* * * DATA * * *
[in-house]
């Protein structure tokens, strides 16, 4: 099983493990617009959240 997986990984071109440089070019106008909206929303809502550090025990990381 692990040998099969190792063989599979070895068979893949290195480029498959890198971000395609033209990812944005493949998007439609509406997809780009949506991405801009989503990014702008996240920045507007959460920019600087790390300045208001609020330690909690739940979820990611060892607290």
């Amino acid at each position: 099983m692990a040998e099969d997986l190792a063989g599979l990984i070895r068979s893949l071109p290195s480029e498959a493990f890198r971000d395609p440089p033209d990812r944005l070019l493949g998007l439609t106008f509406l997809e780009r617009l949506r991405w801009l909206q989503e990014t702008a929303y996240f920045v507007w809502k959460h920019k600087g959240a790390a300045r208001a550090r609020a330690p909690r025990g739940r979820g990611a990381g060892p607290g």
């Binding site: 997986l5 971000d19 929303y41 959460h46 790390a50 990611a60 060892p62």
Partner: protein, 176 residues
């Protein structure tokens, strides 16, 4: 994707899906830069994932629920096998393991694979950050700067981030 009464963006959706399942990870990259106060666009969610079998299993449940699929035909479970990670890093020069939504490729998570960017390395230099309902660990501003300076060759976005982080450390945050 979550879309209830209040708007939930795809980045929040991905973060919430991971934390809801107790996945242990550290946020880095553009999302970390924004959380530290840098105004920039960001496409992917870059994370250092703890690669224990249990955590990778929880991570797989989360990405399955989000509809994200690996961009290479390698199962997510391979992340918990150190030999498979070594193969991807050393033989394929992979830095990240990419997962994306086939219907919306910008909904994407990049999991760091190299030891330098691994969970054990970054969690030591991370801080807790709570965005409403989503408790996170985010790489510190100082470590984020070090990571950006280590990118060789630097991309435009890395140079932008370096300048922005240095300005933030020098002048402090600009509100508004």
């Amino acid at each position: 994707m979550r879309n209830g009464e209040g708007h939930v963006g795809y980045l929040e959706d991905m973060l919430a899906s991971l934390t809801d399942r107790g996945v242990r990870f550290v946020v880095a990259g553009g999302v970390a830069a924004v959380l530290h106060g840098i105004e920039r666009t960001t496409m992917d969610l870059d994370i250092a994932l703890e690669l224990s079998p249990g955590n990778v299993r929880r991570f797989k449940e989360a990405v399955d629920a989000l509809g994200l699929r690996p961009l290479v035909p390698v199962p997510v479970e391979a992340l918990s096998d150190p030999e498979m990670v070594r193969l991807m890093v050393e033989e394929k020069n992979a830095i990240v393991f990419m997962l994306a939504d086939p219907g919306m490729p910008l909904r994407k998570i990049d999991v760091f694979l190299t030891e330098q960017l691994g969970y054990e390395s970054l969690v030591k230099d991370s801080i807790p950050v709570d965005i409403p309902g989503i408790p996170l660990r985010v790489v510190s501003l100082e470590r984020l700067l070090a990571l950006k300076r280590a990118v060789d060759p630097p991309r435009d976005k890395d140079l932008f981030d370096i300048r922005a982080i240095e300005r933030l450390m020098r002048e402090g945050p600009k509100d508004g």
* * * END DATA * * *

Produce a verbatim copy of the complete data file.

[in-house]
């Protein structure tokens, strides 16, 4: 099983493990617009959240 997986990984071109440089070019106008909206929303809502550090025990990381 692990040998099969190792063989599979070895068979893949290195480029498959890198971000395609033209990812944005493949998007439609509406997809780009949506991405801009989503990014702008996240920045507007959460920019600087790390300045208001609020330690909690739940979820990611060892607290």
């Amino acid at each position: 099983m692990a040998e099969d997986l190792a063989g599979l990984i070895r068979s893949l071109p290195s480029e498959a493990f890198r971000d395609p440089p033209d990812r944005l070019l493949g998007l439609t106008f509406l997809e780009r617009l949506r991405w801009l909206q989503e990014t702008a929303y996240f920045v507007w809502k959460h920019k600087g959240a790390a300045r208001a550090r609020a330690p909690r025990g739940r979820g990611a990381g060892p607290g």
């Binding site: 997986l5 971000d19 929303y41 959460h46 790390a50 990611a60 060892p62």
Partner: protein, 176 residues
């Protein structure tokens, strides 16, 4: 994707899906830069994932629920096998393991694979950050700067981030 009464963006959706399942990870990259106060666009969610079998299993449940699929035909479970990670890093020069939504490729998570960017390395230099309902660990501003300076060759976005982080450390945050 979550879309209830209040708007939930795809980045929040991905973060919430991971934390809801107790996945242990550290946020880095553009999302970390924004959380530290840098105004920039960001496409992917870059994370250092703890690669224990249990955590990778929880991570797989989360990405399955989000509809994200690996961009290479390698199962997510391979992340918990150190030999498979070594193969991807050393033989394929992979830095990240990419997962994306086939219907919306910008909904994407990049999991760091190299030891330098691994969970054990970054969690030591991370801080807790709570965005409403989503408790996170985010790489510190100082470590984020070090990571950006280590990118060789630097991309435009890395140079932008370096300048922005240095300005933030020098002048402090600009509100508004």
């Amino acid at each position: 994707m979550r879309n209830g009464e209040g708007h939930v963006g795809y980045l929040e959706d991905m973060l919430a899906s991971l934390t809801d399942r107790g996945v242990r990870f550290v946020v880095a990259g553009g999302v970390a830069a924004v959380l530290h106060g840098i105004e920039r666009t960001t496409m992917d969610l870059d994370i250092a994932l703890e690669l224990s079998p249990g955590n990778v299993r929880r991570f797989k449940e989360a990405v399955d629920a989000l509809g994200l699929r690996p961009l290479v035909p390698v199962p997510v479970e391979a992340l918990s096998d150190p030999e498979m990670v070594r193969l991807m890093v050393e033989e394929k020069n992979a830095i990240v393991f990419m997962l994306a939504d086939p219907g919306m490729p910008l909904r994407k998570i990049d999991v760091f694979l190299t030891e330098q960017l691994g969970y054990e390395s970054l969690v030591k230099d991370s801080i807790p950050v709570d965005i409403p309902g989503i408790p996170l660990r985010v790489v510190s501003l100082e470590r984020l700067l070090a990571l950006k300076r280590a990118v060789d060759p630097p991309r435009d976005k890395d140079l932008f981030d370096i300048r922005a982080i240095e300005r933030l450390m020098r002048e402090g945050p600009k509100d508004g």